William (Bill) Oates, who had been a member of the faculty since 1942 and had served under three rectors – Nash, Kittredge, and Warren – became the Eighth Rector of St. Paul’s School on March 12, 1970. Beginning at St. Paul’s School as a teacher of history and mathematics and as a coach of Delphian teams, Mr. Oates served as a housemaster of Manville and continued through a series of appointments as registrar, director of admissions, administrative Vice Rector, and, finally, Rector.
The scope of Mr. Oates’ achievements were wide-ranging and are still felt today. His rectorship ushered in coeducation, along with a more structured residential life program on campus that incorporated new policies on dress code, inter-visitation and disciplinary processes. Initiatives in the academic realm included creation of the School Year Abroad and Independent Study programs, as well as the internship program for young faculty. Critical offices such as Human Relations and Development were integrated into the School’s infrastructure. While some buildings such as the Lower School were demolished, others including the performing arts venues, were erected. Mr. Oates paid special attention to alumni. During his administration, the Alumni Office was moved to Concord, the role of Form Agents was established, and the School invigorated its outreach to parents. Finally, Mr. Oates celebrated victories at the Henley Regatta and presided over the School’s 125th Anniversary.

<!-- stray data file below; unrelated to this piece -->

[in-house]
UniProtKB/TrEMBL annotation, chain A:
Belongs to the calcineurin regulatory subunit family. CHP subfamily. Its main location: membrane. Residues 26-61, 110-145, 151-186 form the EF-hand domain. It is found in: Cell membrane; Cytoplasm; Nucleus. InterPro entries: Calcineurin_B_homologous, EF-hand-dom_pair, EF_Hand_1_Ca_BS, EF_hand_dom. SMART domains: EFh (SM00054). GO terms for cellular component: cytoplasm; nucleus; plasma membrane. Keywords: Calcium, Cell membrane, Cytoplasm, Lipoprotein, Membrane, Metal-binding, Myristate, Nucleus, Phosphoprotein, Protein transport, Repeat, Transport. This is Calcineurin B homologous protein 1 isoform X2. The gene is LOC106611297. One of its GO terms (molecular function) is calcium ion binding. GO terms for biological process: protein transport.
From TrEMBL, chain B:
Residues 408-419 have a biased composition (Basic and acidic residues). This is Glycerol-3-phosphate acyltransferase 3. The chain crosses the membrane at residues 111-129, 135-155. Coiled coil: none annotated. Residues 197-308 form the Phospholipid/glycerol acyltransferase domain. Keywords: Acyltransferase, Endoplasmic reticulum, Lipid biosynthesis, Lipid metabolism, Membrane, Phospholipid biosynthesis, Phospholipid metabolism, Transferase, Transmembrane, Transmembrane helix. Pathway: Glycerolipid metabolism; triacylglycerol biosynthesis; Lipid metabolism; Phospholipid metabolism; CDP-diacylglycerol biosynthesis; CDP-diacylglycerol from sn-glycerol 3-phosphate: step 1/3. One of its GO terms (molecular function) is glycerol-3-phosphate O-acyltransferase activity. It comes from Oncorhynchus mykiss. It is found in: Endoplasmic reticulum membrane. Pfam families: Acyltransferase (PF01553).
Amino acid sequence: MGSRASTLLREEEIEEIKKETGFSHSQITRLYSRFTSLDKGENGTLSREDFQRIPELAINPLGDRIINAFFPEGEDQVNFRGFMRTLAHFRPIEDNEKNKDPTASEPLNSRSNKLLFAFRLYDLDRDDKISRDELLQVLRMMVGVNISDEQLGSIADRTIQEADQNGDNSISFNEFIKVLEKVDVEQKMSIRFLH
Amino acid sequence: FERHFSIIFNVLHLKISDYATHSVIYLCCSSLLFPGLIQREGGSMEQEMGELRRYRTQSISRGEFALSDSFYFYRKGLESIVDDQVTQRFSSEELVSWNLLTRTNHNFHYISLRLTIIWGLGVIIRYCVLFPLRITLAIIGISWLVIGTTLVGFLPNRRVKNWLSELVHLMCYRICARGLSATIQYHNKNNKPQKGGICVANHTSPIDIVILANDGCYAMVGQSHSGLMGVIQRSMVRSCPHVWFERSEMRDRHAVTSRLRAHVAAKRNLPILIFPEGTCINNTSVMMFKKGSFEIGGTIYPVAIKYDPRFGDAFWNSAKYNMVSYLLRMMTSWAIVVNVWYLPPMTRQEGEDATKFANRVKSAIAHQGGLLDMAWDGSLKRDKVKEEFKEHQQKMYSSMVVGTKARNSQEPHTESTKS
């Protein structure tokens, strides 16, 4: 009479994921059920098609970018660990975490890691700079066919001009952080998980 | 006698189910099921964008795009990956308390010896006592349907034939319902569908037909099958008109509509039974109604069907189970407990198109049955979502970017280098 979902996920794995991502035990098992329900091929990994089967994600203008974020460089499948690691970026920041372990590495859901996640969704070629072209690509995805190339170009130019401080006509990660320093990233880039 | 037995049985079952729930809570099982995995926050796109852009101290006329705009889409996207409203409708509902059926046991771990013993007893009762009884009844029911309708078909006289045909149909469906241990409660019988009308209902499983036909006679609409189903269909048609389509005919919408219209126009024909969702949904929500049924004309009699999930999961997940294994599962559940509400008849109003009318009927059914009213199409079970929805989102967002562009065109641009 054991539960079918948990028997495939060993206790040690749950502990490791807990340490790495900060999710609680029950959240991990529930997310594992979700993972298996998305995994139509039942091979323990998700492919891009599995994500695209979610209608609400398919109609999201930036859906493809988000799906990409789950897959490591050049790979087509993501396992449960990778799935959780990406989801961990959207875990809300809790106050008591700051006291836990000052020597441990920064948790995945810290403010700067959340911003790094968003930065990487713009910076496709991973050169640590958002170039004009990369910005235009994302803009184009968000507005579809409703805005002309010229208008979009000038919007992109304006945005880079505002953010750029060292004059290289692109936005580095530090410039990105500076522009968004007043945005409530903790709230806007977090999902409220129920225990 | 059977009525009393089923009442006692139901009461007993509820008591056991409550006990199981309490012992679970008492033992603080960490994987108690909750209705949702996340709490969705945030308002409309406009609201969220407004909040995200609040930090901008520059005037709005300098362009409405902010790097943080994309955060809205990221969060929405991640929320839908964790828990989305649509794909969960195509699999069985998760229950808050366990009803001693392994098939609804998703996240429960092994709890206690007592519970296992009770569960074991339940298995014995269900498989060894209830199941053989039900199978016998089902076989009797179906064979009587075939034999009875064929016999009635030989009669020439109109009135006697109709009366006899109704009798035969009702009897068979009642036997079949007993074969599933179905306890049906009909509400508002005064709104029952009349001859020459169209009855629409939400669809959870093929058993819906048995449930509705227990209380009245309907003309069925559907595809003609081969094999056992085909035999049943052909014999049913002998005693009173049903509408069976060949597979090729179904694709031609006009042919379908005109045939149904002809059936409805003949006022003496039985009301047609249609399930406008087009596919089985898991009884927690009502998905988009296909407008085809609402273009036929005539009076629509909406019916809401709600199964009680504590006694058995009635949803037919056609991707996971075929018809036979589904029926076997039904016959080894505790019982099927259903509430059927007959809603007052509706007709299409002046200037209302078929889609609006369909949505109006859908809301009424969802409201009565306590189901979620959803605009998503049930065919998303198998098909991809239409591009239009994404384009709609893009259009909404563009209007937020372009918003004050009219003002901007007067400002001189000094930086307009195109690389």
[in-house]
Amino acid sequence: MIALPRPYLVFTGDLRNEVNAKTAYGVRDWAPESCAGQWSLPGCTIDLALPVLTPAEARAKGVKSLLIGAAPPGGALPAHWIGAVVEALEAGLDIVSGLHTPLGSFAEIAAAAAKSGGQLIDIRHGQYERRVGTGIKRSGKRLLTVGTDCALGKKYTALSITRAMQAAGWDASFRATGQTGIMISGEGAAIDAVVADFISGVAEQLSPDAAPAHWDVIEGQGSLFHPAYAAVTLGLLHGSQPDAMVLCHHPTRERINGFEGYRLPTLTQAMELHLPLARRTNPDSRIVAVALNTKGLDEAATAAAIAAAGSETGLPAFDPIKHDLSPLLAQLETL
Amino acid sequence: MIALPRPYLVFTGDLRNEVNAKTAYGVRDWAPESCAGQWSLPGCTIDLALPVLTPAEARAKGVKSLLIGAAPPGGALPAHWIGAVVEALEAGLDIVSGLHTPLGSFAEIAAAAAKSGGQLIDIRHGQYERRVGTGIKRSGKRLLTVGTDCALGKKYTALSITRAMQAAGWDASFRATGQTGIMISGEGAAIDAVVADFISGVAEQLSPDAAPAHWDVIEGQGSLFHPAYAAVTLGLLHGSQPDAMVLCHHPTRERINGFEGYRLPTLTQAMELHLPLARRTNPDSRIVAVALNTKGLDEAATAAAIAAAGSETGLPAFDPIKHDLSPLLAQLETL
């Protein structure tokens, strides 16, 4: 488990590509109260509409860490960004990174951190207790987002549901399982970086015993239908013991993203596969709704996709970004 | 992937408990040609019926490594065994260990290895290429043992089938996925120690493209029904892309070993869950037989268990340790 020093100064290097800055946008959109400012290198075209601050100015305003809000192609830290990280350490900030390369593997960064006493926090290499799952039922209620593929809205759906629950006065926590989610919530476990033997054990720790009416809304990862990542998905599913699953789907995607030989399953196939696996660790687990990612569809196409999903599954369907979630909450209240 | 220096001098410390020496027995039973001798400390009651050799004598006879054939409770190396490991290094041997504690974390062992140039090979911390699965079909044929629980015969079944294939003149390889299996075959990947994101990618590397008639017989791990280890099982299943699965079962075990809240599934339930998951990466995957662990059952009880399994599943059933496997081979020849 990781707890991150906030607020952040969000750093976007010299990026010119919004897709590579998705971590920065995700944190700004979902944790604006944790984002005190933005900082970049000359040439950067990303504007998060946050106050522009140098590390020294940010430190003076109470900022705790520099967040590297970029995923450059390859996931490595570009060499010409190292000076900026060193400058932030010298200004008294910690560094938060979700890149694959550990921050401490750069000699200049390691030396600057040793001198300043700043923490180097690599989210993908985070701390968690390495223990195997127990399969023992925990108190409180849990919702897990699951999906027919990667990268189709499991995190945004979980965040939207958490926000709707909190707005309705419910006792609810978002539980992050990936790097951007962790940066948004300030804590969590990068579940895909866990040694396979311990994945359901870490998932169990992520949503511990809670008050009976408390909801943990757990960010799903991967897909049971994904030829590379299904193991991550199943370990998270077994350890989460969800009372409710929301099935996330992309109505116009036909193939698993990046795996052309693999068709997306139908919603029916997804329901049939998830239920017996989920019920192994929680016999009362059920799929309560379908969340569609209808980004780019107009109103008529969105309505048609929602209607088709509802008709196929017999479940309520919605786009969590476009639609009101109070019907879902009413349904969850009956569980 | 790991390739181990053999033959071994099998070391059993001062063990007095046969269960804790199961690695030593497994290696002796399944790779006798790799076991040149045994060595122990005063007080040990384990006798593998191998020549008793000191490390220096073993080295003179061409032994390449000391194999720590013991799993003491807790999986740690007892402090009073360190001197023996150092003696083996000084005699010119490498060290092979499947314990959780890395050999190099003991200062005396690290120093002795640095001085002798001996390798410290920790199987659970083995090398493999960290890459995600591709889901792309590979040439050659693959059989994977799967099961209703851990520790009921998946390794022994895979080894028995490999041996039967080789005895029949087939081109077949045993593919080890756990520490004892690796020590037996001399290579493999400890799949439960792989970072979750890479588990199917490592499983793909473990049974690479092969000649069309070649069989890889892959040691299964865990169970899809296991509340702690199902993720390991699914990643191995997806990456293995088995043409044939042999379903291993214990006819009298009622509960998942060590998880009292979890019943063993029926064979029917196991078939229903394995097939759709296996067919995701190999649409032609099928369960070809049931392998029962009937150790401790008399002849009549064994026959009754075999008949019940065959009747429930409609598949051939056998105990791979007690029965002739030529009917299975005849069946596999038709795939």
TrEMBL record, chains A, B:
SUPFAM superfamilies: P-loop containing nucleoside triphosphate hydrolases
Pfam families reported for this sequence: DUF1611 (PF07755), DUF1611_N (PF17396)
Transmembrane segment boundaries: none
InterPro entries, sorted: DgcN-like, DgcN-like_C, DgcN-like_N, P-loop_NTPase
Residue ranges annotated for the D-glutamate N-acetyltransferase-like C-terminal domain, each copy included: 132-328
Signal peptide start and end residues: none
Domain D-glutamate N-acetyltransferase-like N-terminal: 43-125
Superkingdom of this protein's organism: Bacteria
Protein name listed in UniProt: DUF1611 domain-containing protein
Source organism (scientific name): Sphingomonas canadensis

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Rectorship: 1970-1982: Eighth Rector Oates Years
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"William Armstrong Oates, Eighth Rector: 1970-82." St. Paul's School. Ohrstrom Library Digital Archives. Web. 28 Mar. 2017.